My dad was far tougher on my older siblings (I didn't make waves around the house) than on me. I got the kinder gentler Dr. Ford. When my brother was 13, my dad marched to the door of his girlfriend's parents and broke up the relationship.
By age 15, my brother and sister had left home.
My father was restrained around women. He thought that many of them were overly emotional and insufficiently rational. Resolutely moral, dad hated it when women tried to hug him.
As I grew up, I found myself mirroring dad's behavior, shrugging off the female touch even though it was what I wanted most.
Dad and I had a similar sense of humor. We both got a kick out of the remark by Martin Luther that "women were born with big hips so that they can stay at home and sit on them."
From age eight onwards, I was fascinated by girls and sex. Due to the standards of my home, it was not something I wanted to talk about there, but leave me alone in the wider world and it was my favorite topic of conversation.
When the first girls became interested in me in fifth grade, I punched and kicked them, spat upon them, and left thumbtacks on their chairs for them to sit upon. I didn't know how else to respond to what I wanted.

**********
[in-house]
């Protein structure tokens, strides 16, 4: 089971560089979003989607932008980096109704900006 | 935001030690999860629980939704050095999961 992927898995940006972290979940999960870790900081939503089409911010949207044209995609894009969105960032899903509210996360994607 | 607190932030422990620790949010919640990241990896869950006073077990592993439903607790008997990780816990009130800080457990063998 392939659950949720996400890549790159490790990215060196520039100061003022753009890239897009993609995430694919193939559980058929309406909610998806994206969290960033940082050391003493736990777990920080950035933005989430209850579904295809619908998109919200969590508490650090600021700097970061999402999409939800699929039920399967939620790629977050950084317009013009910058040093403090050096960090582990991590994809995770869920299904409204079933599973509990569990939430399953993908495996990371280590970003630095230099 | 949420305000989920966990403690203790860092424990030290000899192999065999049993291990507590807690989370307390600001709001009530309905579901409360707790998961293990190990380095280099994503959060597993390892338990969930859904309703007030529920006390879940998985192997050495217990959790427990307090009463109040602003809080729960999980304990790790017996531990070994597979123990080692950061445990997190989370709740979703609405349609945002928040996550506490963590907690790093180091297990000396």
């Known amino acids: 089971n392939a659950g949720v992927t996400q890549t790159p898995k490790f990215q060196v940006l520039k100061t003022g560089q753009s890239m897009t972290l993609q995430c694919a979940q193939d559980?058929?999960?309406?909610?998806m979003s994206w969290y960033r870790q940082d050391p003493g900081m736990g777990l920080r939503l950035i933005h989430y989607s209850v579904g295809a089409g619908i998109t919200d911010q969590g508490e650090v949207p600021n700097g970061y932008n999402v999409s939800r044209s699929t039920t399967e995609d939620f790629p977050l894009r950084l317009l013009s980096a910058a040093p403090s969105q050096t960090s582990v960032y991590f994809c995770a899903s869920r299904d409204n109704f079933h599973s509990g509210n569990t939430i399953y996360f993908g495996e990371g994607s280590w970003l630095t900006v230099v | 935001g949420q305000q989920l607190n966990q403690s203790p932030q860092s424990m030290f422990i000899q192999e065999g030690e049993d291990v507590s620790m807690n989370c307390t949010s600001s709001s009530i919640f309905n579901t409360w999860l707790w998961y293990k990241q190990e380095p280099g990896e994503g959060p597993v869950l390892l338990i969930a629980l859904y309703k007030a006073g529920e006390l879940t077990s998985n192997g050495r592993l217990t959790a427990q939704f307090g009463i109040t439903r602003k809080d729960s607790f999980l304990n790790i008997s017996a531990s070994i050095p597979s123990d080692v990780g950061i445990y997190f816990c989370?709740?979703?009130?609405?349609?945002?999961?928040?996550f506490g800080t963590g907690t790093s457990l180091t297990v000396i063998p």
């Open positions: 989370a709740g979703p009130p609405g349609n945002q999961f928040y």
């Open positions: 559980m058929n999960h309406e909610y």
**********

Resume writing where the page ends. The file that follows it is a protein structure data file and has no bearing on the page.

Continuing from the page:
Now on this Sabbath afternoon with the Muths, I sat with a family who could banter about all my secret fascinations -- chiefly, the cute girls in my class such as Denise Bernard.
When my parents moved to
Though the Muths had the same religious code as my parents, there was humanity in the way they implemented it. For the next five years, there home was an oasis of normality for me. I was never happier than when I lived with them.
One Sabbath they even had Denise over for lunch.
Andy introduced me, not only to beautiful girls, but to the typical concerns of 13-year olds, such as computer games and pop music.
I began listening to KNBR radio.
In early 1980, Air Supply's title cut Lost in Love went to number three on the American charts. I immediately latched on to the group because their music spoke to my lonely heart. I loved their first hit because it spoke to the way we can inspire each other: "But I'm back on my feet and eager to be what you wanted."